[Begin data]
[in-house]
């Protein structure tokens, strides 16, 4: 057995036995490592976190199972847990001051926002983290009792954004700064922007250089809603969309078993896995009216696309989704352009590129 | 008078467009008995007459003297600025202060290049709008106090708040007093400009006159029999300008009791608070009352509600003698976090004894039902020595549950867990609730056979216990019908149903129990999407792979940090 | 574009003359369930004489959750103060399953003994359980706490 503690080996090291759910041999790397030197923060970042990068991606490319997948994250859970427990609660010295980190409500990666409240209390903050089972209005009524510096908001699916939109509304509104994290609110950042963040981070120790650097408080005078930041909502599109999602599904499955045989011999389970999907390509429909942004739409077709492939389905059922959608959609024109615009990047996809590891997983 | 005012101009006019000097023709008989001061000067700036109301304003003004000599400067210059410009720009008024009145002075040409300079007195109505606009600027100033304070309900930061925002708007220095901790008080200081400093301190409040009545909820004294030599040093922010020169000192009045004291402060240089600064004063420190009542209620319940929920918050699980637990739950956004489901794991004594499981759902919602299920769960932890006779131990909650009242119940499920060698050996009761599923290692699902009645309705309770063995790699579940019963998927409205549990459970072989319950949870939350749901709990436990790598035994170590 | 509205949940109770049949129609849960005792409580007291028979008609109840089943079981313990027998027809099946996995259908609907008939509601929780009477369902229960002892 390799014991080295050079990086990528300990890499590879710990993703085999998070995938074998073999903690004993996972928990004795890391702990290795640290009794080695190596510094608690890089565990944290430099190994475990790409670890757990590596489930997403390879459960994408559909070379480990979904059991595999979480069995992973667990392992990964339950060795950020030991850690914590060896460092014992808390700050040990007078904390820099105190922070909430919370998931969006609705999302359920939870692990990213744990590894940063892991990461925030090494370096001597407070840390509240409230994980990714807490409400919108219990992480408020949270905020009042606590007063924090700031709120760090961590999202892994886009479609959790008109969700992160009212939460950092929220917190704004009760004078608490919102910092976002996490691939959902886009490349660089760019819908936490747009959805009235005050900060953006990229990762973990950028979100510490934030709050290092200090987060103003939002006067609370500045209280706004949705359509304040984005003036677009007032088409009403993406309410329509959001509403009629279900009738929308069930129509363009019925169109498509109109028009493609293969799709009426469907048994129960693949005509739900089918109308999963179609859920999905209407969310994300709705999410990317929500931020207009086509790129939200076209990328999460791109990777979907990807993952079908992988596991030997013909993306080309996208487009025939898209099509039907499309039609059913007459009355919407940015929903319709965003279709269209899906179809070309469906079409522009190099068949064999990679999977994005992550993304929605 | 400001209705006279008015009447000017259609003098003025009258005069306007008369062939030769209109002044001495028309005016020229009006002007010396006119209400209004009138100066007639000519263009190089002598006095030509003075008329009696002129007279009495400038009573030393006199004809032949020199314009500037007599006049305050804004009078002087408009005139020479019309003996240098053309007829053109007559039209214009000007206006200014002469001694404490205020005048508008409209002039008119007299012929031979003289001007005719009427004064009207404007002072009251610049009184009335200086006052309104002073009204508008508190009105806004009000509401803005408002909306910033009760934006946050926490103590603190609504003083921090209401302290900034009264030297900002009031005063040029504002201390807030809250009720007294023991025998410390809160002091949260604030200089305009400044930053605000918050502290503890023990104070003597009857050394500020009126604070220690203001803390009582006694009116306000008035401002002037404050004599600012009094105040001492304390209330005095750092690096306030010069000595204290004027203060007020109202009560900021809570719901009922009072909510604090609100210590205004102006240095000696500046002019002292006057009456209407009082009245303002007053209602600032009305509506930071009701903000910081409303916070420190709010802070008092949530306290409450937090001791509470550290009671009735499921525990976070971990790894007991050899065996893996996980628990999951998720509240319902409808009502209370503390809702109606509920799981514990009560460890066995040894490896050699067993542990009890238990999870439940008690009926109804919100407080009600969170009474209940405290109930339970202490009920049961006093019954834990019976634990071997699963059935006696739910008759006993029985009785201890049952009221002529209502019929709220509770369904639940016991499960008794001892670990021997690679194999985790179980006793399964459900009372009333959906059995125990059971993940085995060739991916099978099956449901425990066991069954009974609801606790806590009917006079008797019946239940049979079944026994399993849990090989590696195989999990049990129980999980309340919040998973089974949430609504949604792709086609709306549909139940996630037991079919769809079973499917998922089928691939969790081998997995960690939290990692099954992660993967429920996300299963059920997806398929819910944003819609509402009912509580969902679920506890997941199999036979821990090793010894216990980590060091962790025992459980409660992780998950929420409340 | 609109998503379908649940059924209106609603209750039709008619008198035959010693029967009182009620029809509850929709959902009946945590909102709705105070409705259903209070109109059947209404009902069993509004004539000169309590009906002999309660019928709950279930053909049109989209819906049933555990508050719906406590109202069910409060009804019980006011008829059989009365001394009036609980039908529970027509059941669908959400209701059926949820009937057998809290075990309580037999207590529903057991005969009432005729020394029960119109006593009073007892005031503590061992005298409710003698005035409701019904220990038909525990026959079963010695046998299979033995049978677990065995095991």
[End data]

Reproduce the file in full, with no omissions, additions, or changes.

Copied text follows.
[in-house]
């Protein structure tokens, strides 16, 4: 057995036995490592976190199972847990001051926002983290009792954004700064922007250089809603969309078993896995009216696309989704352009590129 | 008078467009008995007459003297600025202060290049709008106090708040007093400009006159029999300008009791608070009352509600003698976090004894039902020595549950867990609730056979216990019908149903129990999407792979940090 | 574009003359369930004489959750103060399953003994359980706490 503690080996090291759910041999790397030197923060970042990068991606490319997948994250859970427990609660010295980190409500990666409240209390903050089972209005009524510096908001699916939109509304509104994290609110950042963040981070120790650097408080005078930041909502599109999602599904499955045989011999389970999907390509429909942004739409077709492939389905059922959608959609024109615009990047996809590891997983 | 005012101009006019000097023709008989001061000067700036109301304003003004000599400067210059410009720009008024009145002075040409300079007195109505606009600027100033304070309900930061925002708007220095901790008080200081400093301190409040009545909820004294030599040093922010020169000192009045004291402060240089600064004063420190009542209620319940929920918050699980637990739950956004489901794991004594499981759902919602299920769960932890006779131990909650009242119940499920060698050996009761599923290692699902009645309705309770063995790699579940019963998927409205549990459970072989319950949870939350749901709990436990790598035994170590 | 509205949940109770049949129609849960005792409580007291028979008609109840089943079981313990027998027809099946996995259908609907008939509601929780009477369902229960002892 390799014991080295050079990086990528300990890499590879710990993703085999998070995938074998073999903690004993996972928990004795890391702990290795640290009794080695190596510094608690890089565990944290430099190994475990790409670890757990590596489930997403390879459960994408559909070379480990979904059991595999979480069995992973667990392992990964339950060795950020030991850690914590060896460092014992808390700050040990007078904390820099105190922070909430919370998931969006609705999302359920939870692990990213744990590894940063892991990461925030090494370096001597407070840390509240409230994980990714807490409400919108219990992480408020949270905020009042606590007063924090700031709120760090961590999202892994886009479609959790008109969700992160009212939460950092929220917190704004009760004078608490919102910092976002996490691939959902886009490349660089760019819908936490747009959805009235005050900060953006990229990762973990950028979100510490934030709050290092200090987060103003939002006067609370500045209280706004949705359509304040984005003036677009007032088409009403993406309410329509959001509403009629279900009738929308069930129509363009019925169109498509109109028009493609293969799709009426469907048994129960693949005509739900089918109308999963179609859920999905209407969310994300709705999410990317929500931020207009086509790129939200076209990328999460791109990777979907990807993952079908992988596991030997013909993306080309996208487009025939898209099509039907499309039609059913007459009355919407940015929903319709965003279709269209899906179809070309469906079409522009190099068949064999990679999977994005992550993304929605 | 400001209705006279008015009447000017259609003098003025009258005069306007008369062939030769209109002044001495028309005016020229009006002007010396006119209400209004009138100066007639000519263009190089002598006095030509003075008329009696002129007279009495400038009573030393006199004809032949020199314009500037007599006049305050804004009078002087408009005139020479019309003996240098053309007829053109007559039209214009000007206006200014002469001694404490205020005048508008409209002039008119007299012929031979003289001007005719009427004064009207404007002072009251610049009184009335200086006052309104002073009204508008508190009105806004009000509401803005408002909306910033009760934006946050926490103590603190609504003083921090209401302290900034009264030297900002009031005063040029504002201390807030809250009720007294023991025998410390809160002091949260604030200089305009400044930053605000918050502290503890023990104070003597009857050394500020009126604070220690203001803390009582006694009116306000008035401002002037404050004599600012009094105040001492304390209330005095750092690096306030010069000595204290004027203060007020109202009560900021809570719901009922009072909510604090609100210590205004102006240095000696500046002019002292006057009456209407009082009245303002007053209602600032009305509506930071009701903000910081409303916070420190709010802070008092949530306290409450937090001791509470550290009671009735499921525990976070971990790894007991050899065996893996996980628990999951998720509240319902409808009502209370503390809702109606509920799981514990009560460890066995040894490896050699067993542990009890238990999870439940008690009926109804919100407080009600969170009474209940405290109930339970202490009920049961006093019954834990019976634990071997699963059935006696739910008759006993029985009785201890049952009221002529209502019929709220509770369904639940016991499960008794001892670990021997690679194999985790179980006793399964459900009372009333959906059995125990059971993940085995060739991916099978099956449901425990066991069954009974609801606790806590009917006079008797019946239940049979079944026994399993849990090989590696195989999990049990129980999980309340919040998973089974949430609504949604792709086609709306549909139940996630037991079919769809079973499917998922089928691939969790081998997995960690939290990692099954992660993967429920996300299963059920997806398929819910944003819609509402009912509580969902679920506890997941199999036979821990090793010894216990980590060091962790025992459980409660992780998950929420409340 | 609109998503379908649940059924209106609603209750039709008619008198035959010693029967009182009620029809509850929709959902009946945590909102709705105070409705259903209070109109059947209404009902069993509004004539000169309590009906002999309660019928709950279930053909049109989209819906049933555990508050719906406590109202069910409060009804019980006011008829059989009365001394009036609980039908529970027509059941669908959400209701059926949820009937057998809290075990309580037999207590529903057991005969009432005729020394029960119109006593009073007892005031503590061992005298409710003698005035409701019904220990038909525990026959079963010695046998299979033995049978677990065995095991």